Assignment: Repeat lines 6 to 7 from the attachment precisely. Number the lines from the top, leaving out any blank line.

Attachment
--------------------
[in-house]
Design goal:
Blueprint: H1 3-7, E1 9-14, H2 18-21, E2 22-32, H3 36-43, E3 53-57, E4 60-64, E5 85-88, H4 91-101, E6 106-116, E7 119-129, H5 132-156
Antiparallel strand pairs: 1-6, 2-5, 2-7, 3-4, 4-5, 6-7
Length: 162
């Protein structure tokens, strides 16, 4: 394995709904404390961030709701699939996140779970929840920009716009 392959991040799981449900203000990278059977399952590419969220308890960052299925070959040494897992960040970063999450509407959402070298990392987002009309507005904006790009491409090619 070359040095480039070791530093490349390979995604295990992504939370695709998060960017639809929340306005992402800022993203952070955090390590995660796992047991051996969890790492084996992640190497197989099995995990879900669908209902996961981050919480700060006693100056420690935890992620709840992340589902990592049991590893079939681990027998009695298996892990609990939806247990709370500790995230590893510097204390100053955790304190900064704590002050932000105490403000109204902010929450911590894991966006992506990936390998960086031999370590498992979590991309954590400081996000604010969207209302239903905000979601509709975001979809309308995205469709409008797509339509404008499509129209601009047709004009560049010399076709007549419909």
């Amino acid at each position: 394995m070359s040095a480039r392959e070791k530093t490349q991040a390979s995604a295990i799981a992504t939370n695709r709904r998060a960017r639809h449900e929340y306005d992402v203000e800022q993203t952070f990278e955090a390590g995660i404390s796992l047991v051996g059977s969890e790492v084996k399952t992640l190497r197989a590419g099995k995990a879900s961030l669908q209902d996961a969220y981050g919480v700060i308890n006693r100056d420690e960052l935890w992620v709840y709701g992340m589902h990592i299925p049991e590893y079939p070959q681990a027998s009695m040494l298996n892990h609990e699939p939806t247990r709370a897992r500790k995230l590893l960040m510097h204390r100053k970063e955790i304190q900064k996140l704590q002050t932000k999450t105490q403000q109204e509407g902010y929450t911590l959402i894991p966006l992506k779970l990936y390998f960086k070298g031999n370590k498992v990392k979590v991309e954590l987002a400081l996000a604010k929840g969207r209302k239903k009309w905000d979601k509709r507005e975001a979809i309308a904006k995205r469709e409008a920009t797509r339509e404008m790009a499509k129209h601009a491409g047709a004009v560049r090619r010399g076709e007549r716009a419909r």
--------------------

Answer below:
């Protein structure tokens, strides 16, 4: 394995709904404390961030709701699939996140779970929840920009716009 392959991040799981449900203000990278059977399952590419969220308890960052299925070959040494897992960040970063999450509407959402070298990392987002009309507005904006790009491409090619 070359040095480039070791530093490349390979995604295990992504939370695709998060960017639809929340306005992402800022993203952070955090390590995660796992047991051996969890790492084996992640190497197989099995995990879900669908209902996961981050919480700060006693100056420690935890992620709840992340589902990592049991590893079939681990027998009695298996892990609990939806247990709370500790995230590893510097204390100053955790304190900064704590002050932000105490403000109204902010929450911590894991966006992506990936390998960086031999370590498992979590991309954590400081996000604010969207209302239903905000979601509709975001979809309308995205469709409008797509339509404008499509129209601009047709004009560049010399076709007549419909």
């Amino acid at each position: 394995m070359s040095a480039r392959e070791k530093t490349q991040a390979s995604a295990i799981a992504t939370n695709r709904r998060a960017r639809h449900e929340y306005d992402v203000e800022q993203t952070f990278e955090a390590g995660i404390s796992l047991v051996g059977s969890e790492v084996k399952t992640l190497r197989a590419g099995k995990a879900s961030l669908q209902d996961a969220y981050g919480v700060i308890n006693r100056d420690e960052l935890w992620v709840y709701g992340m589902h990592i299925p049991e590893y079939p070959q681990a027998s009695m040494l298996n892990h609990e699939p939806t247990r709370a897992r500790k995230l590893l960040m510097h204390r100053k970063e955790i304190q900064k996140l704590q002050t932000k999450t105490q403000q109204e509407g902010y929450t911590l959402i894991p966006l992506k779970l990936y390998f960086k070298g031999n370590k498992v990392k979590v991309e954590l987002a400081l996000a604010k929840g969207r209302k239903k009309w905000d979601k509709r507005e975001a979809i309308a904006k995205r469709e409008a920009t797509r339509e404008m790009a499509k129209h601009a491409g047709a004009v560049r090619r010399g076709e007549r716009a419909r």